Factsheet: Beyond LNG Shipping for a Just and Equitable Transition
Socially and environmentally vulnerable communities are more exposed to the direct impacts of Liquefied Natural Gas (LNG) extraction, processing, and operation. Here are five reasons why LNG does not belong in a “just and equitable” transition.
As we move towards zero-emissions and environmentally-sustainable societies, the concept of a “just transition” ensures that no one is left behind.
The United Nations Conference on Trade and Development (UNCTAD) has highlighted five key elements of a just and equitable transition for shipping: Environmentally Effective, Procedurally Fair, Globally Equitable, Technologically Inclusive, and Socially Just. Within the context of this framework, here are five reasons why the use of Liquefied Natural Gas (LNG) as a shipping fuel is incompatible with such a transition.
- LNG is Not Environmentally Effective: From a well-to-wake (lifecycle) approach, LNG does not reduce greenhouse gas emissions. Its significant methane emissions moves the shipping sector farther away from the 1.5°C/Paris goal. LNG production also consumes billions of gallons of water, impacting local farmers and agricultural operations. Furthermore, if methane emissions are not significantly reduced, we will see annual crop losses up to 25 million tonnes.
- LNG Worsens Global Equity: Climate change impacts from the methane emissions of LNG directly threatens the existence of Small Island Developing States (SIDS), Least Developed Countries (LCDs), LDCs, and Indigenous Peoples. LNG shipping should be held accountable for its role in contributing to 25% of methane-induced global warming.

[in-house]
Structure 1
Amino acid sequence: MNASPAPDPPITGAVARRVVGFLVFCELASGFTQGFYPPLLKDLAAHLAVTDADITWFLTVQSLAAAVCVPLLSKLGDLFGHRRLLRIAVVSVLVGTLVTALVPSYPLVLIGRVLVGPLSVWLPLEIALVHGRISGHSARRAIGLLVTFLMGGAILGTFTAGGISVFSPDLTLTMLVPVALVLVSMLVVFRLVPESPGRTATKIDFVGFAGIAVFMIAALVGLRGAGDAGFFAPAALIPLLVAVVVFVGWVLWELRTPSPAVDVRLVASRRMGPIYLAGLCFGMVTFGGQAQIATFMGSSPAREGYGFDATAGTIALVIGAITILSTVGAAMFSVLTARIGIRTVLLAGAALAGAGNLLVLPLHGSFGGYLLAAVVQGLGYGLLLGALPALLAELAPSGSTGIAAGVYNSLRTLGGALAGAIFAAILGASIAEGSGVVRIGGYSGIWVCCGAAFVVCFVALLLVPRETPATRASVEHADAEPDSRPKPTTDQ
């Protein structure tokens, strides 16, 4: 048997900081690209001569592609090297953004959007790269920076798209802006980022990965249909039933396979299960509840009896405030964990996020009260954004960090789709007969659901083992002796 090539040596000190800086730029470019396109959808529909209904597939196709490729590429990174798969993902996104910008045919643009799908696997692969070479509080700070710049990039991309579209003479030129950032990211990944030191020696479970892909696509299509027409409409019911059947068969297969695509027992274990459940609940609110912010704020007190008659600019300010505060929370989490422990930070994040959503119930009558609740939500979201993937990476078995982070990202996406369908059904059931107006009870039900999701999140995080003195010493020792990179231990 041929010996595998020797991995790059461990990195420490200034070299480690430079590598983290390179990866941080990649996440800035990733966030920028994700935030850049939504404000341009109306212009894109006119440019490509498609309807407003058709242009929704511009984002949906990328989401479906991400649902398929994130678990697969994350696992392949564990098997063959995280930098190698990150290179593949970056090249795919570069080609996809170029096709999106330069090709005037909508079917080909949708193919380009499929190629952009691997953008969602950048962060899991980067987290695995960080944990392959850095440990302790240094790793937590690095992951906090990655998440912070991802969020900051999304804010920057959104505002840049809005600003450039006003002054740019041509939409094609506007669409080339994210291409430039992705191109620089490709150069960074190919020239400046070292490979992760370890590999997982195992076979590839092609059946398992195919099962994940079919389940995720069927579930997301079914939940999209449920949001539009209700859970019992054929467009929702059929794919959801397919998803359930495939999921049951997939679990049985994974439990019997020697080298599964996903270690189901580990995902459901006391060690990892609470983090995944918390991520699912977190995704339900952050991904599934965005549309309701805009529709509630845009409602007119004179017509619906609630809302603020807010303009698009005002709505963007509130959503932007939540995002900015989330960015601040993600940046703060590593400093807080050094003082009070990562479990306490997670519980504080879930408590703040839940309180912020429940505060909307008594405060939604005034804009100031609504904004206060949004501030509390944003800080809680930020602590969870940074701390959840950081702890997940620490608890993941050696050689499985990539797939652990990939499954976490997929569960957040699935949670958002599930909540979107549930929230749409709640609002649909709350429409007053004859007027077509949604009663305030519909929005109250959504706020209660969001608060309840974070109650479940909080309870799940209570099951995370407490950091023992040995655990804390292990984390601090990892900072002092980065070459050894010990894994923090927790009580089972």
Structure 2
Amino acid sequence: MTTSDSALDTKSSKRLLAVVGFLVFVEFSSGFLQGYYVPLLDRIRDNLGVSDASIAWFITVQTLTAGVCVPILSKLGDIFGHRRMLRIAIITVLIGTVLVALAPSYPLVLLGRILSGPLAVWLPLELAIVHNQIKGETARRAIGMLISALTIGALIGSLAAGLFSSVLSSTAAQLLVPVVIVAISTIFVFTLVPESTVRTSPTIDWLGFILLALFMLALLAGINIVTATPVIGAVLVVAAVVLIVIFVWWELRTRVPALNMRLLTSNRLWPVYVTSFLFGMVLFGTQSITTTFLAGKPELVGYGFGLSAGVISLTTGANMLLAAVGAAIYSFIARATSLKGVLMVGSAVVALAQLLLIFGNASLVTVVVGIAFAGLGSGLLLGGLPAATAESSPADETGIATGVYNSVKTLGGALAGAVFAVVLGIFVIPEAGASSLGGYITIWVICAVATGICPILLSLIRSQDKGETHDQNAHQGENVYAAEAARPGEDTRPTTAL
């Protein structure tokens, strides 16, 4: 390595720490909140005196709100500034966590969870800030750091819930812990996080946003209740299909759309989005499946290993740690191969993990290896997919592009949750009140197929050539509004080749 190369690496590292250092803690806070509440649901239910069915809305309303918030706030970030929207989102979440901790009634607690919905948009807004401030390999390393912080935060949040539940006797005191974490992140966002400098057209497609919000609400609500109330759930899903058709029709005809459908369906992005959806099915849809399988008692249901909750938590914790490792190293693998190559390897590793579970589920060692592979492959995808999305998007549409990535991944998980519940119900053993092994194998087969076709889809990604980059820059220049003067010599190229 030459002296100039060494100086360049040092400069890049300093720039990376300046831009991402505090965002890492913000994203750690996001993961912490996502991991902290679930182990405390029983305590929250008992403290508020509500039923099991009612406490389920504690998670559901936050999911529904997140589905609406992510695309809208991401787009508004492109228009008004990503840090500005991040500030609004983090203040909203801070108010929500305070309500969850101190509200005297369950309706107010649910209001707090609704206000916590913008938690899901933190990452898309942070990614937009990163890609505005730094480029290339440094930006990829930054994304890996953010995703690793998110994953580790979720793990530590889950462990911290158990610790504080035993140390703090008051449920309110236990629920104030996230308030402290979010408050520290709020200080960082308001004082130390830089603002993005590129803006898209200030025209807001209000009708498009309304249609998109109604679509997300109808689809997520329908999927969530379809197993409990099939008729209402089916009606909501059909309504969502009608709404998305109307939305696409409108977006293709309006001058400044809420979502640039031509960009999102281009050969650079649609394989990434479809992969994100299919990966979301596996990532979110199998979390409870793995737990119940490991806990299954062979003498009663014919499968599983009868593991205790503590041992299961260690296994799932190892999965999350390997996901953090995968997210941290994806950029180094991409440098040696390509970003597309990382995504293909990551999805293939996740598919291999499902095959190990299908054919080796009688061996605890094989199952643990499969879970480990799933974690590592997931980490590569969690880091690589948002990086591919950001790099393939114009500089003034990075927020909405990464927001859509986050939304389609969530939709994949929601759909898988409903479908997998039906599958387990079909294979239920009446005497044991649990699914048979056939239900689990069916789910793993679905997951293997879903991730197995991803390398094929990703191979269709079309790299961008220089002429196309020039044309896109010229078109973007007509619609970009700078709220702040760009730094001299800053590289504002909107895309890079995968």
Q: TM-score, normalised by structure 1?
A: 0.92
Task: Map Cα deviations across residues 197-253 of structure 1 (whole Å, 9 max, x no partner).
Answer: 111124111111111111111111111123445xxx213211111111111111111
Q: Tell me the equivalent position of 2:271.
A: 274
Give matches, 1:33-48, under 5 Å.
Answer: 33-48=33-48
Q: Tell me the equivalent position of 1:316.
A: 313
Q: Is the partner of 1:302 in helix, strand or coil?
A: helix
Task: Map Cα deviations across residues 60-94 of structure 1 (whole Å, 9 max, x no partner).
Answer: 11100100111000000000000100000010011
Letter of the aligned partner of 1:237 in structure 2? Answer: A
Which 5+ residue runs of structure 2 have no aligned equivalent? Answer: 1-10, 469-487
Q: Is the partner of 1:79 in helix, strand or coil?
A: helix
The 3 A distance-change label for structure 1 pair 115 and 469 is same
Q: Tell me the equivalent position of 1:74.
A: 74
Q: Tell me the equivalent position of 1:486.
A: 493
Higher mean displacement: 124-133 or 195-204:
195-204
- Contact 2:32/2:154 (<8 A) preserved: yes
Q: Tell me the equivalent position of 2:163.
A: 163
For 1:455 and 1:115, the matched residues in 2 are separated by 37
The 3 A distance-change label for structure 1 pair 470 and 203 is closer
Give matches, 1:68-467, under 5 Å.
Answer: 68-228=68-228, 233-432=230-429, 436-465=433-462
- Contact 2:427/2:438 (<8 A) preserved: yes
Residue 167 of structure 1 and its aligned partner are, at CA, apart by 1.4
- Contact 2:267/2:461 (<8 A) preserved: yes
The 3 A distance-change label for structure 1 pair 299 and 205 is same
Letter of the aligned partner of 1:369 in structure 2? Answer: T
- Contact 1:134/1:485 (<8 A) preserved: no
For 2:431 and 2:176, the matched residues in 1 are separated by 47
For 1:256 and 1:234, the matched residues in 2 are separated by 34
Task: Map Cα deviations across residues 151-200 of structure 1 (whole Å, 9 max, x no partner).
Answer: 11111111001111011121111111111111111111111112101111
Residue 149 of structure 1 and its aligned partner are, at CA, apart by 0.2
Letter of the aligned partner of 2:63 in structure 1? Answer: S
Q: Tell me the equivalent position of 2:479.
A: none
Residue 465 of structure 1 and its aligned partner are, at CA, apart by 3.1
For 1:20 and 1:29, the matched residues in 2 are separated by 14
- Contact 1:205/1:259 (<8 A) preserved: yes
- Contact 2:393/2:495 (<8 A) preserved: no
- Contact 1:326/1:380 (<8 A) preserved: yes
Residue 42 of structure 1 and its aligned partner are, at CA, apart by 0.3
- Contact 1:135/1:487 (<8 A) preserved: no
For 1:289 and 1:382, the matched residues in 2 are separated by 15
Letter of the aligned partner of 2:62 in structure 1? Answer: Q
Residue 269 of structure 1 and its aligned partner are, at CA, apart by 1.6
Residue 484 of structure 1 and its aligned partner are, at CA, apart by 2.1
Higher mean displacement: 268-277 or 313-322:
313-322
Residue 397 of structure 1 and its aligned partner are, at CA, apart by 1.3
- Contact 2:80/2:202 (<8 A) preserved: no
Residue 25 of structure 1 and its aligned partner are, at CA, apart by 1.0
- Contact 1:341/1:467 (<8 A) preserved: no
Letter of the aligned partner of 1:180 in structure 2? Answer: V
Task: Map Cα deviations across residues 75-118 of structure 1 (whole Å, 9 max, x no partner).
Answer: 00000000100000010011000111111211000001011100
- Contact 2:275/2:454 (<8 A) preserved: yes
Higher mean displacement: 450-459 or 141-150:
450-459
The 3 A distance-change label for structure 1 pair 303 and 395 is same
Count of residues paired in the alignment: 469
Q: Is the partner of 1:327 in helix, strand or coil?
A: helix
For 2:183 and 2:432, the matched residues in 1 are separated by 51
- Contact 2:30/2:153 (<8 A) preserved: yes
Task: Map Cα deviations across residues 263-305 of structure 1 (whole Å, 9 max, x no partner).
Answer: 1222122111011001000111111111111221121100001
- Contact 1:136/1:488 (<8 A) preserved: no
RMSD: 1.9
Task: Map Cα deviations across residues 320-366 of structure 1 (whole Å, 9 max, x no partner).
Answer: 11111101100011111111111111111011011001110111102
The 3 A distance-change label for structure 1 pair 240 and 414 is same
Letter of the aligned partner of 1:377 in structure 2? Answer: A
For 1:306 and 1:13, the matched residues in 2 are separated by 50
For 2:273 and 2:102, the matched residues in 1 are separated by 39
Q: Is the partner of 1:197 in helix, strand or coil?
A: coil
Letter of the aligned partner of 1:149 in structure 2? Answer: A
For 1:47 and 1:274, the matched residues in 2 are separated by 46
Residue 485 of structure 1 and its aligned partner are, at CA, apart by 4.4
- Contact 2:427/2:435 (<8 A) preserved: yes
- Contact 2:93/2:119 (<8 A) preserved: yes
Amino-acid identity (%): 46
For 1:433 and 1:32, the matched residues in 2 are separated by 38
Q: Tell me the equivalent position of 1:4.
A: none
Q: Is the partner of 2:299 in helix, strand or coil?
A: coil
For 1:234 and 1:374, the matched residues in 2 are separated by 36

- LNG Exacerbates Local Inequalities: Contaminated drinking water and air quality from LNG facilities are exacerbating environmental racism in nearby low-income and racialized communities. Historical and existing violence against Indigenous communities is also intensified at points throughout the LNG lifecycle, often lacking “free, prior and informed consent”.
- LNG Impacts Workers Safety: Oil and gas workers are exposed to seven times the risk of death compared to the average industry risk. Justice for workers also extends into their local communities impacted by LNG facilities. For example, LNG’s chemical pollution affects pregnant women’s homes near LNG fracking sites, with even higher levels in the homes of Indigenous women.
- LNG Stunts Zero-Emissions Solutions: As countries move towards net-zero emissions and technological inclusivity, wasted investments into LNG ships are estimated at $850 Billion. Investing in LNG as a shipping fuel diverts resources and momentum away from the transition towards long-lasting, zero-emissions technologies and fuels.
Choosing LNG as a marine shipping fuel risks leaving people behind.
Socially and environmentally vulnerable communities are more exposed to the direct impacts of LNG extraction, processing, and operation. As global shipping demands continue to grow, these communities are at risk of being left behind, burdened by the expansion of LNG. Urgent global solidarity and cooperation are required to prioritize these communities, supporting them at the forefront of a “just and equitable” transition to zero-emissions shipping and ensuring a livable future for all.